Actually, lets talk about that. Most of the things I like are not aimed at me. Sure, there are things aimed at women in their late twenties and early thirties. They’re mostly romantic comedies. I enjoy a good rom-com as much as the next person, but I’m not really drawn to them. Be it literature or movies, I like things that are a little darker, a little rowdier. And sometimes, a little more juvenile. But as a white woman who dates men, it’s not like I’m being ignored as a demographic, and it’s pretty easy to find characters who look like me who I can at least somewhat relate to. There are certainly many people who are more ignored by pop culture than I am.

Lets take Steven Universe again. I’m not saying it’s the be-all-end-all of television, but I love this show. More than I’ve loved any piece of popular culture in a long time. And it’s not aimed at me. It’s definitely aimed at kids, but it feels like it was written just for me. It plays with gender norms, bucks heteronormativity, and is full of awesome, diverse, interesting ladies. It’s also got kind, intelligent, complex men. It makes me feel a little bit better about humanity.

I think a big reason Steven Universe clicks for me is it feels like I could have written it. Or one of my friends could have. More and more, I’m finding things that are written by my generation, by people who were influenced by the things that influenced me, and there’s something so awesome about that. And perhaps unsurprisingly, Steven Universe definitely has some DBZ influences in it. Also Sailor Moon, and Revolutionary Girl Utena (and I hear Transformers, but I can’t speak to that). Basically, it’s by my people, so it’s not that surprisingly that I would fall in love with it.

That doesn’t really solve my frustration over DBZ, though. It just brings it around again.

I guess I’m not going to come to any conclusions here, but as a writer, I think it’s important to remember that there are probably more audiences out there than I’m thinking about. Even if I’m aiming for this specific idea of a person (maybe a little bit like me, or a while lot different), I can’t predict who my story will resinate with. I can’t control who will find it and love it, and that’s a good thing. I just wish more shows recognized their varied audience. I’ve been let down by Dragon Ball before, and I will be again, because I’m really not on their minds. But I’m still here, and I’m still watching.

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The Cemetery

I realized it had been far too long since I posted any recent writing!

This is a small excerpt from one of my works-in-progress. It’s gone by many different names, but the current working title is Echoes. This takes place in the first chapter, and is based off of a cemetery that I used to go to as a kid.

If you like comparisons, I posted a scene from a much earlier draft back in 2010, about a eerie school at night, and it’s still available here. I also have some early marketing copy from when I used this for a project in grad school.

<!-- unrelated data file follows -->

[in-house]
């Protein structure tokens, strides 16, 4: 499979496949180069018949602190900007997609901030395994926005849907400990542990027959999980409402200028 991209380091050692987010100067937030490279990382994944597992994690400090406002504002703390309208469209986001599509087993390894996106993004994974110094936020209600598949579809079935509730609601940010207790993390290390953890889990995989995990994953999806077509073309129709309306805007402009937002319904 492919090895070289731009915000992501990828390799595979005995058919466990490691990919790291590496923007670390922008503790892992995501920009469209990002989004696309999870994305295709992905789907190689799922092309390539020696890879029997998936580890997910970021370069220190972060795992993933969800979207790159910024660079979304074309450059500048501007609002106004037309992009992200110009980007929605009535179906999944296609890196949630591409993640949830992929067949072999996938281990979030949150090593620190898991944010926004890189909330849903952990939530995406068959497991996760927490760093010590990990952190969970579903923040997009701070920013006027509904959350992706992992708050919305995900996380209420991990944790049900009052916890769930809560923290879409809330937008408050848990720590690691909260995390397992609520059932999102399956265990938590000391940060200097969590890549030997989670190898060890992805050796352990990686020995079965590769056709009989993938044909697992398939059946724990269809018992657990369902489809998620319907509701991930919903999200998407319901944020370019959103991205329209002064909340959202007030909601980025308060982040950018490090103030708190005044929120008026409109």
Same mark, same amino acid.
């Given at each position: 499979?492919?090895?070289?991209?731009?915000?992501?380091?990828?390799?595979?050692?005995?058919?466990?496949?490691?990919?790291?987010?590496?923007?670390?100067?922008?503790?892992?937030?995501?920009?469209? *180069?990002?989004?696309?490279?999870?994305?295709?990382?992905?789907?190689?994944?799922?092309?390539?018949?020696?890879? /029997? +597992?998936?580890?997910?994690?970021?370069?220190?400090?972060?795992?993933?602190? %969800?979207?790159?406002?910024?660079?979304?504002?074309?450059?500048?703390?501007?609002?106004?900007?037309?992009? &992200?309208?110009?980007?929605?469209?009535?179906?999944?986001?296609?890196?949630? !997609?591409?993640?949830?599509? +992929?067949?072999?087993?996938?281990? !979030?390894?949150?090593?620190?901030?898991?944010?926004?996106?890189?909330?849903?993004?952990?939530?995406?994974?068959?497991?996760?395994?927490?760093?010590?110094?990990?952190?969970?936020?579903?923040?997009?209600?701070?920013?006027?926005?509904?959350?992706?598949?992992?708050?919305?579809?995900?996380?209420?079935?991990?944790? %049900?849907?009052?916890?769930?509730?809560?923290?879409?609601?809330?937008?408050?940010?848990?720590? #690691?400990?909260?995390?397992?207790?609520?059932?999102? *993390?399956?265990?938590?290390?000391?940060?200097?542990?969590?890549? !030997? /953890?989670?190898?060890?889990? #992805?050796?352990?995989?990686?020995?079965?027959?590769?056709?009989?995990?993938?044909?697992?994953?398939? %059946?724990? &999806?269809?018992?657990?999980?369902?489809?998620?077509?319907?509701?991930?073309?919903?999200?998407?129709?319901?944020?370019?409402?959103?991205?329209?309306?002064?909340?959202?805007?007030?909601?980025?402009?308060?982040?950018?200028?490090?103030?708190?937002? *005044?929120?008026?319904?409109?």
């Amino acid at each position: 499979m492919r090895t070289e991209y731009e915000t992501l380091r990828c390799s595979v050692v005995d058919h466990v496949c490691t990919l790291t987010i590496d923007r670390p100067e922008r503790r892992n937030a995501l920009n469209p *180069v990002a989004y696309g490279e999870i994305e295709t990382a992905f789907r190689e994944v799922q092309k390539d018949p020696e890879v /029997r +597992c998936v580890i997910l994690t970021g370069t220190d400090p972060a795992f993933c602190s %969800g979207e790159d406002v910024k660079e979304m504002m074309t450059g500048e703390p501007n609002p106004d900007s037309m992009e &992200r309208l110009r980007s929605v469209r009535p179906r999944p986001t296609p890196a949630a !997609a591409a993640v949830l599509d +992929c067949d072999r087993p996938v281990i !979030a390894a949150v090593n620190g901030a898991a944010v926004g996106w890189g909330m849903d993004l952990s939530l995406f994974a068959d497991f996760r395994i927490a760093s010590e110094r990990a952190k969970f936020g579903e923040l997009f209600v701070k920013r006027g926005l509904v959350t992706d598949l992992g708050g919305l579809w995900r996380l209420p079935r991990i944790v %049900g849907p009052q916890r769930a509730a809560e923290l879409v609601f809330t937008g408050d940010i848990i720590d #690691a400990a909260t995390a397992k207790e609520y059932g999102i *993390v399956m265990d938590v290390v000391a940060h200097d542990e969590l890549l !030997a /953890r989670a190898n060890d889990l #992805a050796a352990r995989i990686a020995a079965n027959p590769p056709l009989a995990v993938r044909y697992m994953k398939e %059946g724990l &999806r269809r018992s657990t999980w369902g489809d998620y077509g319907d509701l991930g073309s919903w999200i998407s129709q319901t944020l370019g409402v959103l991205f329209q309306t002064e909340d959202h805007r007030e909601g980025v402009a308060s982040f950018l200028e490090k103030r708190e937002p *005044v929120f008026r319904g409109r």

The Cemetery

It’s September, and although the days are still hotter than I would like, the evenings have begun to cool off enough that I really should have brought a sweater. I don’t turn back, though. You couldn’t pay me to go back there right now.

The night is chill, but its clear, a relative rarity in the Pacific Northwest, even in the summer. The sky stretches out above me, the stars only slightly dulled by the light from downtown off to the West, and I feel like I could fall into the sky if I stood there long enough. I squeeze my camera, trying to imagine how to capture that feeling on film.

After my house, the streets are eerily quiet. There’s no one else in sight, and it feels like I’m not just alone on the street, but alone in the world, it’s so quiet. That waiting quiet of midnight in the suburbs. Continue reading

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Power Couples for the Win! Dragon Ball Super Episode 99

(Transferred over from my Tumblr…minor spoilers and stuff)

I got a tad ranty last time I talked about Dragon Ball Super, but this time they actually did something well! In episode 99, they managed to produce a kind of awesome example of how you can write a healthy power dynamic between men and women.

So Krillin and 18 are married at this point, with an adorable daughter, but Super has been generous enough to actually let 18 do stuff in this current tournament arc (unlike pretty much every other female that has gotten married–I’m looking at you, Videl). She’s not only been supportive of her husband, she’s gotten an acceptable amount of development herself, and one of the highlights of this arc for me has been getting to see their dynamic at play. Well, they got to shine for a part of this episode, and for a few glorious moments, everything was right in the world.

While fighting baddies and generally kicking ass and taking names in the battle royale, 18 nearly got kicked out of the ring. Krillin rescued her and blasted them back to safety, carrying her in his arms in full Superman/damsel-in-distress mode…but it actually wasn’t terrible. Why? Here was, basically, their exchange:

Him: Whoa, honey, you normally don’t get distracted so easily

Her: (with a smirk instead of dewy eyes) Oh, shut up, you.

It was adorable. Neither was weakened by the exchange, and neither came out “on top.” Krillin may have saved the day (for the time being), but it wasn’t because 18 needed saving as a weak female–it was just one fighter helping out their teammate, with some added warm-fuzzies from their relationship. It’s a small moment, but its actually a great example of how to write characters helping each other while keeping them on even footing (power-dynamic-wise), and subverting some tropes while you’re at at.

Of course, the other characters instantly grumbled about how she ruined the moment, I guess by not being a submissive dewy-eyed damsel, and the episode kind of took a turn for the worst (and it could be argued that Krillin got punished for not being manly enough in this moment), but I don’t care. I’m taking this as a win. For now.